“This remarkable and handsome seal-die is of national importance on several counts; it is closely linked to the charismatic figure of Robert the Bruce, and to the history and institutions of Scotland at a crucial time in its evolution as a nation; its association with the royal abbey of Dunfermline sheds light on how the king acted out his authority, delegating the powers of the crown; and its outstanding quality may suggest the influence of French craftsmen.”

The Scottish government has declared itself in support of all efforts that would keep the seal matrix in the UK, ideally in a Scottish museum, but there’s no official campaign that I could find. Here’s an Indiegogo campaign that’s been set up by a concerned individual who would use the funds to acquire the seal and donate it to the National Museum for Scotland. It’s less than 1% funded at this point, and I suspect the money is more likely to be raised by the institution itself tapping its private donors and launching a public campaign like the Victoria & Albert Museum did with Wolsey’s Angels. The National Museum already has an impression of the obverse in its collection. I imagine they’d be keen to have the original matrix pair.

Time’s awaistin’. The temporary bar expires on June 21st. If there’s a good faith effort to raise the money and it looks like they have a chance of reaching the goal, the deadline may be extended until September 21st.

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10 Comments »

Comment by dangermom
2016-03-31 12:15:25

Wow, it’s a beautiful object!

Comment by livius drusus
2016-03-31 22:31:23

It is, and so big. The matrices are 2.25 inches in diameter! Now that’s some sealing.

 
 
Comment by Lonny Mc Lewd
2016-03-31 13:58:41

Lombardic Latin, Aye ? – Arrr, couldnae ‘ave the Etymology fer ‘Cokete‘, ‘Koketa‘ or even ‘Cocquet‘ ? :confused:

Comment by livius drusus
2016-03-31 22:33:25

I looked far and wide for anything that would explain Cokete or Cocquet in the context of the right to assess customs duties and came up empty. It’s a weird word.

 
 
Comment by dearieme
2016-03-31 14:17:58

One of the fascinating things about Bruce is that nobody seems to know which languages he spoke. Everyone assumes he could speak Norman French; maybe he also spoke Gaelic, perhaps Scots. But nobody knows, apparently. Unless recent scholarship has found out.

 
Comment by Jeff Wood
2016-03-31 15:27:54

It is a fine piece which I would be proud to own.

However I doubt if I would fall over myself to donate to keep it in the UK, or even in Scotland. If it is being sold, it has presumably been in private hands for some time, and the sky did not fall.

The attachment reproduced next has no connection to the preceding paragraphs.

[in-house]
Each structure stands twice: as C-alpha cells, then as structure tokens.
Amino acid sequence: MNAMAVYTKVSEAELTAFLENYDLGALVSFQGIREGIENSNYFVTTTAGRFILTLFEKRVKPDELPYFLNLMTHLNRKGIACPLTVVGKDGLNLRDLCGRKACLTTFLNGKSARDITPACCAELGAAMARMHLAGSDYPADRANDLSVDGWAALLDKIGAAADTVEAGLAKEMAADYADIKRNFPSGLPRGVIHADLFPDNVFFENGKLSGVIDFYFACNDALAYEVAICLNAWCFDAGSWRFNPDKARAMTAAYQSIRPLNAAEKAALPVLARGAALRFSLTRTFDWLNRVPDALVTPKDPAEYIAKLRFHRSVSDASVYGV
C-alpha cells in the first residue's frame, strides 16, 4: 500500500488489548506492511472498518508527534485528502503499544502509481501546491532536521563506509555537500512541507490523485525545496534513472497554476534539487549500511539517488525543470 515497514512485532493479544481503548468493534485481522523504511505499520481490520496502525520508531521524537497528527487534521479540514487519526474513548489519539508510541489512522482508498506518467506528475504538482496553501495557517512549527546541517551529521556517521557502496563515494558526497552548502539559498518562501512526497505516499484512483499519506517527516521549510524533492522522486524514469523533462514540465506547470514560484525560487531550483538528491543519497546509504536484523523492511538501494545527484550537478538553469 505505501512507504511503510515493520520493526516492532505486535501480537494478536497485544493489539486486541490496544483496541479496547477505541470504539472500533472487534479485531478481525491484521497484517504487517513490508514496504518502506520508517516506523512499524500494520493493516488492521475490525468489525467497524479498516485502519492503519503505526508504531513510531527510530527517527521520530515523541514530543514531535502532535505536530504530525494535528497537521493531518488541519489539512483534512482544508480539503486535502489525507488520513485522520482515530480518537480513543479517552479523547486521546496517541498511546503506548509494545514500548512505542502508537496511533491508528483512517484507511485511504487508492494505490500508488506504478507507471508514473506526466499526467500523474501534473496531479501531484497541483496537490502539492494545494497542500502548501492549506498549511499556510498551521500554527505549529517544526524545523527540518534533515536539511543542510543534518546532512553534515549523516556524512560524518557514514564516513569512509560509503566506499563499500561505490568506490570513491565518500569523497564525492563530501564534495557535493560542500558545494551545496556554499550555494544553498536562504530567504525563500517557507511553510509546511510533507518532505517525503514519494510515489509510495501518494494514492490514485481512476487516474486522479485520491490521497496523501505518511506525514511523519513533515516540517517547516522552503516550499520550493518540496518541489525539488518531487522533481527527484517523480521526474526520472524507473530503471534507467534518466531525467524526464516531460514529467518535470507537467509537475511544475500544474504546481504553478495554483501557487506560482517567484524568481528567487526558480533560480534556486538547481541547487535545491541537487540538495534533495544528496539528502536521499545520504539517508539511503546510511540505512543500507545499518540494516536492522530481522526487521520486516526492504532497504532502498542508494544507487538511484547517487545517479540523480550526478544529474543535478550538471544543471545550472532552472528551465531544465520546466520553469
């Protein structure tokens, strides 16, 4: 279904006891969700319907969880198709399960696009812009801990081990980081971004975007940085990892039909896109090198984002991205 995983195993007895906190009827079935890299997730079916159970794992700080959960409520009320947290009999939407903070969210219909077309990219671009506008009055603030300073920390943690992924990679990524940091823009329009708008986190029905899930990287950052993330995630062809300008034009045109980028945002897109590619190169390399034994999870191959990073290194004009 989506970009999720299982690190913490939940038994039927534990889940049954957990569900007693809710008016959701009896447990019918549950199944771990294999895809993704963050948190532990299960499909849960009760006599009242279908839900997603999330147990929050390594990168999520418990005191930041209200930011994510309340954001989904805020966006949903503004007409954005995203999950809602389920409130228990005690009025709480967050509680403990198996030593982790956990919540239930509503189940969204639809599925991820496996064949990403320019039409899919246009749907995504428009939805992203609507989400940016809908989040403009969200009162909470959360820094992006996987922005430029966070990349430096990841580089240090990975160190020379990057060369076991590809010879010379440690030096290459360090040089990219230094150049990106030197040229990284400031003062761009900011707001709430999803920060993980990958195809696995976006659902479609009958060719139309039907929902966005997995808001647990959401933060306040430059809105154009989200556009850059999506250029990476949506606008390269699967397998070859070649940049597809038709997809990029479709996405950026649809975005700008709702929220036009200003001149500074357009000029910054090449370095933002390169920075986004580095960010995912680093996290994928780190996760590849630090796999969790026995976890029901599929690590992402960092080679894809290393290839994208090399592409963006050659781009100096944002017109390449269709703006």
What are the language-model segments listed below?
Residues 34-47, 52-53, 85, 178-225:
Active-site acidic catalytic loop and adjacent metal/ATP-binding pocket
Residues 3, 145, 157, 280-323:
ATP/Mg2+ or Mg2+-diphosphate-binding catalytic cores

I wonder if it was loot from the Reformation. My last visit to the Abbey was long ago, but I do not remember the candle commanded by Robert to be lit in perpetuity. I recall that he liked his orders obeyed…

Comment by livius drusus
2016-03-31 22:45:14

It was in private hands in England, which while far from ideal from a Scottish perspective, is better than being in private hands in the US.

There was some speculation in the auction lot information that it was discarded due to cracking around the edges from being pressed together for years. Usually seals were destroyed when they outlived their usefulness because their legal significance made them ripe for abuse or fraud if they fell into the wrong hands. This one must have been salvaged instead. The cracks weren’t very well developed, so I would think it was retired long before the Reformation.

 
 
Comment by Dontshootme
2016-04-01 06:58:43

Étymology, my two saints ;)
Coquet/coquette, in french, is still a word about ‘dandyness’ and lust for the other sex. The word obviously roots from old french ´coq’ … the bird, national symbol of unconditional pride and smelling feet :) you could look into the direction of the plain description of the color red of the Wax (was it always red btw?) the machoforce/domination symbol, or as a reference to any continental population? FYI my Level of expertise on all this is Best describded as silly guessin without the homeworks done :)

 
Comment by Lonny Mc Lewd
2016-04-02 18:10:17

For ‘Cokete‘, ‘Koketa‘ or ‘Cocquet‘, seemingly referring to the ‘transfer of property‘, may I humbly suggest:

conquête French ; contchête Norman ; conqueste Old French ?

CNRTL Prononc. + Orth. for conquête, :

[kɔ ̃kεt]. Enq. : [kõket]. Ds Ac. 1694 et 1718 sous l’anc. forme conqueste; ds Ac. 1740-1932 sous la forme moderne. Étymol. et Hist. 1. Ca 1160 « ce qui est conquis » (Benoit, Ducs de Normandie, éd. C. Fahlin, II, 25743); 2. fig. 1637 « personne conquise » (Corneille, Le Cid, IV, 5).

:hattip:

 
Comment by lucy
2017-09-06 20:10:23

Its 7 September 2017 now….can you email me what happened to this seal please ? Is it now permanently going to stay in Scotland ?

Thanks xx